The record of the weather is written in the leaves.

While you may not remember the details of the weather over the past few months, the trees do, and the color they are splashing in forests across the Northeast and Midwest is proof.

The more spectacular a display of fall foliage colors, the more likely the preceding few weeks were made up of warm sunny days and cool crisp nights, according to the website of the Northeastern area Forest Service, a division of the U.S. Department of Agriculture. Rainfall also plays a role.

“It’s really what happens in late July to late September that sets the stage,” said Michael Schlacter, a meteorologist at Weather 2000 Inc. in New York. “This is one of the most ideal two-month seasons you could have had; it has pretty much clinched the season.”

There are three compounds that go into the recipe for determining leaf color, according to the Forest Service, based in Newtown Square, Pennsylvania.

Chlorophyll, necessary for photosynthesis — the process plants use to turn sunlight into sugar — provides the green. Carotenoids also give carrots and buttercups their yellow and orange colors, and anthocyanins bring out the reds in apples and purples in plums.

While carotenoids are always present, they just don’t get their chance to shine until the nights grow longer and the plants stop producing chlorophyll, thus giving some leaves their orange glow.

It’s the red leaves, though, that are really telling the story about the weather. That’s because anthocyanins need the bright days to spur the plant to produce a lot of sugar, and the cold nights to keep sugar from getting out of the leaf.

Schlacter said a good spread between daily high and low temperatures can almost ensure the reds will pop.

“It just so happens that those ideal conditions are kind of traced right along where people go — a nice broad strip from lower Ohio into West Virginia and Virginia and then all the way up the Appalachians,” Schlacter said by telephone.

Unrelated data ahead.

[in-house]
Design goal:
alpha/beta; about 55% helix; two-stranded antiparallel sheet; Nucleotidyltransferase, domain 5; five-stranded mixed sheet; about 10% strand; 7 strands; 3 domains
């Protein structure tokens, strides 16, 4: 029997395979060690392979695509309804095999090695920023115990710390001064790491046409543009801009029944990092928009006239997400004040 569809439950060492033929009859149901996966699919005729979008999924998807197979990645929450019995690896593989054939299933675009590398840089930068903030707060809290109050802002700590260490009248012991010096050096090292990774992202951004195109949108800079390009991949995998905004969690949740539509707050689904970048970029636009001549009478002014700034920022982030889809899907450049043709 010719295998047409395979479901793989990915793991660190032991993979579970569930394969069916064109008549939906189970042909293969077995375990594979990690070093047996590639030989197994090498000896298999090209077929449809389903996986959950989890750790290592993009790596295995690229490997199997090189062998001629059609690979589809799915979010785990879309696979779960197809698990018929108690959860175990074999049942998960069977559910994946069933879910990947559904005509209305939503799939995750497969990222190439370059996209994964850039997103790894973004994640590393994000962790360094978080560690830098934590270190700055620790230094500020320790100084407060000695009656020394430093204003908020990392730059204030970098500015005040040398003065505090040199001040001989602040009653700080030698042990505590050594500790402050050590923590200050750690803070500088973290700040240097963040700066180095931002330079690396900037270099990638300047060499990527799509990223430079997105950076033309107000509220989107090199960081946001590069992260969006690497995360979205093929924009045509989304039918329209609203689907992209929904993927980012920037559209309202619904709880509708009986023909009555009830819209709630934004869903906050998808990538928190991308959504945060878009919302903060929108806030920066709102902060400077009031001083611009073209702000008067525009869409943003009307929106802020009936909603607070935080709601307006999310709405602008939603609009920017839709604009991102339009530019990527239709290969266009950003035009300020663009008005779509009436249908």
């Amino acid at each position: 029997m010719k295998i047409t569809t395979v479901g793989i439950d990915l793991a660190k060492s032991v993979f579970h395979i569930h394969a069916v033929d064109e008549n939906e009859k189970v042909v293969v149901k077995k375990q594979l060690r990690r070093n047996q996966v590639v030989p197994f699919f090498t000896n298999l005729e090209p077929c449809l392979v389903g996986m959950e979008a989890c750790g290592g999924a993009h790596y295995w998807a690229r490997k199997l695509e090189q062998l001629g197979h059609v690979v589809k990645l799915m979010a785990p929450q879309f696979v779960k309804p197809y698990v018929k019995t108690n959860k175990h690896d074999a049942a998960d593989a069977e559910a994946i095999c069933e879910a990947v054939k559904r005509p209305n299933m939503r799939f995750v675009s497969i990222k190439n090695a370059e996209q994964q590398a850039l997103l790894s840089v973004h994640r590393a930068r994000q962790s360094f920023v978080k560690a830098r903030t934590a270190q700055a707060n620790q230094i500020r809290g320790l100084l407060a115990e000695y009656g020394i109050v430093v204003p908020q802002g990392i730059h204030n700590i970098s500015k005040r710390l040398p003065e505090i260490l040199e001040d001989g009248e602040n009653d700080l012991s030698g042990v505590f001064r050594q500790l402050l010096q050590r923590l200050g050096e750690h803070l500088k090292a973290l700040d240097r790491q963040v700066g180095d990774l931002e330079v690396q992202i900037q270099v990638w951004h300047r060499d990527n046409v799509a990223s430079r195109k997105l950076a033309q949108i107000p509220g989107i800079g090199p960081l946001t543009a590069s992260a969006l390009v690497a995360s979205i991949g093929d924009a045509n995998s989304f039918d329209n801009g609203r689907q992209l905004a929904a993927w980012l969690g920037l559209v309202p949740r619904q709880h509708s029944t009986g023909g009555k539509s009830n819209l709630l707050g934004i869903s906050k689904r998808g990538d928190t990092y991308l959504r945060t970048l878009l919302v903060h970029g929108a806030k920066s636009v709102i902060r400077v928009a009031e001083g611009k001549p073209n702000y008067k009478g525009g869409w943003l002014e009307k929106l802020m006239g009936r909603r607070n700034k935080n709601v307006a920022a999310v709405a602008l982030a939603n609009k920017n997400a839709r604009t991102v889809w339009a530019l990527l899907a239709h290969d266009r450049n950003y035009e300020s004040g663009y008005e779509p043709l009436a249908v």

For instance, Burlington, Vermont, and Watertown, New York, had a spread of at least 20 degrees Fahrenheit (11 Celsius) between high and low temperatures for more than half the days in September, according to the National Weather Service.

Storms also affect foliage season, although not the color of the leaves, said Tom Kines, a meteorologist at AccuWeather in State College, Pennsylvania.

“The wind and heavy rain are the No. 1 culprit for destroying the leaf-viewing season,” Kines said. “And so far, we have avoided them.”

The economies of states like Vermont depend heavily on visits from leaf-peepers, as foliage tourists are known. An estimated 48 percent of the $1.9 billion spent in Vermont on “forest-based recreational activities” came from foliage viewing, according to a 2013 report by the North East State Foresters Association, based in Concord, New Hampshire.

The organization, which also represents Maine, New Hampshire and New York, said looking at leaves accounted for 47 percent of the $1.4 billion spent in New Hampshire.

So the next time you see a mountain decked out in brilliant red leaves, you’ll know the weather conditions that helped create it. If you look close enough, you may also see a little green in there, too — it may be the pine trees, which don’t change color, or it may be all the money those leaves are generating.